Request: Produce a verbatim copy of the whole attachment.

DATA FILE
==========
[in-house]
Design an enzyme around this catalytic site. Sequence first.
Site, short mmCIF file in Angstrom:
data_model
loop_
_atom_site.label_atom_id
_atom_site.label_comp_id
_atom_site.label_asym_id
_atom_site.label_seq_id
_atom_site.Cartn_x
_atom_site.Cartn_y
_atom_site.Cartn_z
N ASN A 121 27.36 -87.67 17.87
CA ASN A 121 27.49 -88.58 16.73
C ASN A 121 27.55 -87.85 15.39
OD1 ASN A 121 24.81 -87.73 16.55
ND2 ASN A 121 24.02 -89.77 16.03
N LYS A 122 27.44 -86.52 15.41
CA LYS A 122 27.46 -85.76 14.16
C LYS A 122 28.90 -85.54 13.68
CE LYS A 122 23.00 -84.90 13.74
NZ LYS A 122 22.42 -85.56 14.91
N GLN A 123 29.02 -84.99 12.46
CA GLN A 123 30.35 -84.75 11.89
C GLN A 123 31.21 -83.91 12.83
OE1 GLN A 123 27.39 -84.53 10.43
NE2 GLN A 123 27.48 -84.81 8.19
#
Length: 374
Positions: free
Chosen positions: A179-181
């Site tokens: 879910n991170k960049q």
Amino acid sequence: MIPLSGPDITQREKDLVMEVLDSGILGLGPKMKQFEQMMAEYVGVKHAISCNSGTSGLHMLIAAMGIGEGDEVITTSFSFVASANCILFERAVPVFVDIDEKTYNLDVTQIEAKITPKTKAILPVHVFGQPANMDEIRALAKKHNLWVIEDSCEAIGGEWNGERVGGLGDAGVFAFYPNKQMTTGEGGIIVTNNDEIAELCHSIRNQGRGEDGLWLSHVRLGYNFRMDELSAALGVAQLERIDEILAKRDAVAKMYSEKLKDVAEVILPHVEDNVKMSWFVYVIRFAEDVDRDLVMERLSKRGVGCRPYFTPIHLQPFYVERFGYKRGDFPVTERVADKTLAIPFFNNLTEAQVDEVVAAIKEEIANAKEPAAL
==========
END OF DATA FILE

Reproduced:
[in-house]
Design an enzyme around this catalytic site. Sequence first.
Site, short mmCIF file in Angstrom:
data_model
loop_
_atom_site.label_atom_id
_atom_site.label_comp_id
_atom_site.label_asym_id
_atom_site.label_seq_id
_atom_site.Cartn_x
_atom_site.Cartn_y
_atom_site.Cartn_z
N ASN A 121 27.36 -87.67 17.87
CA ASN A 121 27.49 -88.58 16.73
C ASN A 121 27.55 -87.85 15.39
OD1 ASN A 121 24.81 -87.73 16.55
ND2 ASN A 121 24.02 -89.77 16.03
N LYS A 122 27.44 -86.52 15.41
CA LYS A 122 27.46 -85.76 14.16
C LYS A 122 28.90 -85.54 13.68
CE LYS A 122 23.00 -84.90 13.74
NZ LYS A 122 22.42 -85.56 14.91
N GLN A 123 29.02 -84.99 12.46
CA GLN A 123 30.35 -84.75 11.89
C GLN A 123 31.21 -83.91 12.83
OE1 GLN A 123 27.39 -84.53 10.43
NE2 GLN A 123 27.48 -84.81 8.19
#
Length: 374
Positions: free
Chosen positions: A179-181
């Site tokens: 879910n991170k960049q």
Amino acid sequence: MIPLSGPDITQREKDLVMEVLDSGILGLGPKMKQFEQMMAEYVGVKHAISCNSGTSGLHMLIAAMGIGEGDEVITTSFSFVASANCILFERAVPVFVDIDEKTYNLDVTQIEAKITPKTKAILPVHVFGQPANMDEIRALAKKHNLWVIEDSCEAIGGEWNGERVGGLGDAGVFAFYPNKQMTTGEGGIIVTNNDEIAELCHSIRNQGRGEDGLWLSHVRLGYNFRMDELSAALGVAQLERIDEILAKRDAVAKMYSEKLKDVAEVILPHVEDNVKMSWFVYVIRFAEDVDRDLVMERLSKRGVGCRPYFTPIHLQPFYVERFGYKRGDFPVTERVADKTLAIPFFNNLTEAQVDEVVAAIKEEIANAKEPAAL